Father Walter Ciszek is an American Jesuit who spent 23 years as a priest in Soviet prisons and doing hard labour in Siberia, from 1940-1963. His time included 5 years in the infamous Lubyanka prison in Moscow, and 15 years in a Siberia mainly working in and around the town of Norilsk. He has written a mesmerising account of those years which has been recently republished by Ignatius Press, it is called ‘With God in Russia’.
Reading the book is a testament to an incredibly tough guy – who also seemed to be blessed with a deep faith and outstanding pastoral skills. His survival was a miracle in itself – enduring long periods of isolation and interrogation in Moscow. Then the harrowing stories of him being transported to Siberia after being sentenced as a ‘Vatican Spy’ to 15 years hard-labour. The conditions which he endured as they left Moscow which was under prolonged attack by the Germans.
The account is absorbing and well worth reading, told with clarity, without sentimentality, at times so crisply that it catches the breath – the terrible hardship and cruelty expressed in a couple of sentences. Highlights for me include –
- His faith in God’s providence that helped him beyond the limits of physical endurance, with never any hint of feeling sorry for himself (maybe twice in the whole book did he momentarily succumb to despair)
- How when in solitary confinement – for months on end – he would order his day around the ‘ordo’ he remembered in the novitiate – from his Jesuit training, to keep him from going mad.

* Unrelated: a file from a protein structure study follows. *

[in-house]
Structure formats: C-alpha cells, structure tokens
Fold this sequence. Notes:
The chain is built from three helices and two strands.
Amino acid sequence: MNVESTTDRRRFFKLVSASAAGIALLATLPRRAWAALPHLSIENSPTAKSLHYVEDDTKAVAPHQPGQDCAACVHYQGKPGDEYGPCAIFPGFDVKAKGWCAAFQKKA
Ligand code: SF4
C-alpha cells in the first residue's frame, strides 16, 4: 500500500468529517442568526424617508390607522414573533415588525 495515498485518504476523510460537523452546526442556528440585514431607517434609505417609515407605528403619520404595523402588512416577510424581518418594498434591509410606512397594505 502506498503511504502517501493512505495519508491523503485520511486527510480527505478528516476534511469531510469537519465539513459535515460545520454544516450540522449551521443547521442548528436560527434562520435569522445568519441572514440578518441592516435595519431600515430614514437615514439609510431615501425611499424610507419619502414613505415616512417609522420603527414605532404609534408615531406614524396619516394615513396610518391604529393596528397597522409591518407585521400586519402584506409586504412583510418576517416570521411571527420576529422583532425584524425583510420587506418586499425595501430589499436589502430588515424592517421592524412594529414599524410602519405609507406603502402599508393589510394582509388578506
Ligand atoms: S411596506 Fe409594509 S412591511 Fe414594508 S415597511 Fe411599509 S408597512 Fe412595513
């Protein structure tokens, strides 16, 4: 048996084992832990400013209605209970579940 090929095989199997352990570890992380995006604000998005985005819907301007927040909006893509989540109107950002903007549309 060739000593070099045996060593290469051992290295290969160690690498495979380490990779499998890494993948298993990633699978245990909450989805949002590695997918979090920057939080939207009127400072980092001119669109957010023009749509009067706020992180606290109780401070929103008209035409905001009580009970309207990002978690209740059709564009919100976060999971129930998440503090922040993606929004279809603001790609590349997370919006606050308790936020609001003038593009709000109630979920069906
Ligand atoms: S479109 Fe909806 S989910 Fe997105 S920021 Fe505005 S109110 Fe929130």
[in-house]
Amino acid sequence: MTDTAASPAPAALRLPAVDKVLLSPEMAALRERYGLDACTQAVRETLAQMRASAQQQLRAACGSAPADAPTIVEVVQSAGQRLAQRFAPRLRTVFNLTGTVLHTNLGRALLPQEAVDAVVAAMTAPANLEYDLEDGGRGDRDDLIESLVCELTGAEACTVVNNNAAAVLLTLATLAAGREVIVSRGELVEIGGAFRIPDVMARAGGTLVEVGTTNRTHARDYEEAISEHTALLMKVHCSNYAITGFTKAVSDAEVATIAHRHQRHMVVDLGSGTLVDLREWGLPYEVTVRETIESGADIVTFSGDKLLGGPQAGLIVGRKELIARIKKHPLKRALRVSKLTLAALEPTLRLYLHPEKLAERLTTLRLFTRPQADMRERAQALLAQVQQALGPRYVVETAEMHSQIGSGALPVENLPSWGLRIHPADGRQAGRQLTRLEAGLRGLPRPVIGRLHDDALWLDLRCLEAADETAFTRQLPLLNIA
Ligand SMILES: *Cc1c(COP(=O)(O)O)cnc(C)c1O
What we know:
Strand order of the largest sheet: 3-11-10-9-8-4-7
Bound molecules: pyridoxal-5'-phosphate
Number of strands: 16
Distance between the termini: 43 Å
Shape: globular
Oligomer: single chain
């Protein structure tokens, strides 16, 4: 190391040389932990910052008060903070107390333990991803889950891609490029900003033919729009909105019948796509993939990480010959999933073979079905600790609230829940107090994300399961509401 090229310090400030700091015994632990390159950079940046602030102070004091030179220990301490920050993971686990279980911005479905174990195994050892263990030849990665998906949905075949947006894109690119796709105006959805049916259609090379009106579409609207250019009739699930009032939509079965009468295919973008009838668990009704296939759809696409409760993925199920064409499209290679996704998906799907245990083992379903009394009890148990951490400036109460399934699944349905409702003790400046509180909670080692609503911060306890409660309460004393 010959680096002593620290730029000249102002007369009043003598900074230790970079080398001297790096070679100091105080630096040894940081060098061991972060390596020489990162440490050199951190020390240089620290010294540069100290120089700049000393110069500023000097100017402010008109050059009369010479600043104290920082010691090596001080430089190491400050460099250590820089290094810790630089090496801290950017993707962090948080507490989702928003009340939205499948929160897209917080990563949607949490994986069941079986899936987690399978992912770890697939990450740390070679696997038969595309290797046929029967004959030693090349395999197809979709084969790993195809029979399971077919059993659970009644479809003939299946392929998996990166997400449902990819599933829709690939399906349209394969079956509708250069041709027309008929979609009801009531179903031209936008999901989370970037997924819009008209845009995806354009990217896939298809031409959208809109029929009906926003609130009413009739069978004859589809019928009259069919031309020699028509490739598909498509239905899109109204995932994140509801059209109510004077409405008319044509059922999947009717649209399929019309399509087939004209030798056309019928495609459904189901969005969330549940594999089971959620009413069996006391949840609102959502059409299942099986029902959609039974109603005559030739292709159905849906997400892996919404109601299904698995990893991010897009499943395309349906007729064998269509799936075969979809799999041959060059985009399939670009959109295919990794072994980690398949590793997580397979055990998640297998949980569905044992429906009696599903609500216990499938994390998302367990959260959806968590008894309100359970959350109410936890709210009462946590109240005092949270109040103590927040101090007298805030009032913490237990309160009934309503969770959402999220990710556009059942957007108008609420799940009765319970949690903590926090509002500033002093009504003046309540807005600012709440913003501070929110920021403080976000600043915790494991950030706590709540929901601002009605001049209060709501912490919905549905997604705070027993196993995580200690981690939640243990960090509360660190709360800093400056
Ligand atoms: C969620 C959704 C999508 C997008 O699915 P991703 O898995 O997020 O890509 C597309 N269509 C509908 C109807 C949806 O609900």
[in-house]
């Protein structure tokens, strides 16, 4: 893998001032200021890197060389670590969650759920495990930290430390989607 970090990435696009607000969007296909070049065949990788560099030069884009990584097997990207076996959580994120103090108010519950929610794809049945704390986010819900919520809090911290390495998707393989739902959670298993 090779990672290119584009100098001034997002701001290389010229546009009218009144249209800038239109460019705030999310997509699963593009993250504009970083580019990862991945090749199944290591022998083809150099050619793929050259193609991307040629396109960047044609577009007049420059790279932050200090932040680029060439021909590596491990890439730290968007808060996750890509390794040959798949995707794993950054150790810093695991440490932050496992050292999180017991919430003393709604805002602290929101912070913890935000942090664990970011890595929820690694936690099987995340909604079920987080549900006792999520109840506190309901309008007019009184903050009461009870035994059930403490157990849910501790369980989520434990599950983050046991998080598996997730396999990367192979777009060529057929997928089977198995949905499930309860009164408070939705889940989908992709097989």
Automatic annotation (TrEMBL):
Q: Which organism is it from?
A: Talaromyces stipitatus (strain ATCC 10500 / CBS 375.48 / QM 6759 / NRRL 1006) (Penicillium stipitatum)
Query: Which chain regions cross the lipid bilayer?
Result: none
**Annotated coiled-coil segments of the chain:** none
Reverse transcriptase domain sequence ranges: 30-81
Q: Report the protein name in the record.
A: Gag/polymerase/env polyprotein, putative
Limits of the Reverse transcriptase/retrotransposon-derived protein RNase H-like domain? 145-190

- How his fellow prisoners, even the violent thieves, were keen to protect him as a priest in a savage world of survival. How well organised he and the other priests became – and the remarkable ministry they were able to give in secret – sacramental, but also giving retreats!
- His constant and varied scrapes with Death – Physical Torture, beaten and being injected with chemicals by KGB, Explosions in Coal Mines, Being fired on by Russian Soldiers during a prison revolt, Immersion in Freezing Rivers when logging, Surviving Scurvy from inadequate prison rations, Acute Food Poisoning, prolonged periods of starvation, Constant exposure to arctic conditions in inadequate clothing, Fumigation on two week barge journey etc etc!
- The risks prisoners would take, even unto death, to hear Mass or go to confession – their courage of practising their faith in the face of brutal repression
- And finally how he celebrated Easter and Christmas both in captivity and then when he was released on a limited permit. When he was freed, he celebrated an Easter Vigil that finished at 3am – although communion was distributed from then until after 9am so big were the crowds. Right under the noses of the KGB. It was such a success – with so much joy – with so great numbers greeting each other ‘ Christ is Risen’ – ‘He is risen in indeed’ that he was forcefully deported to another town and banned from religious activities!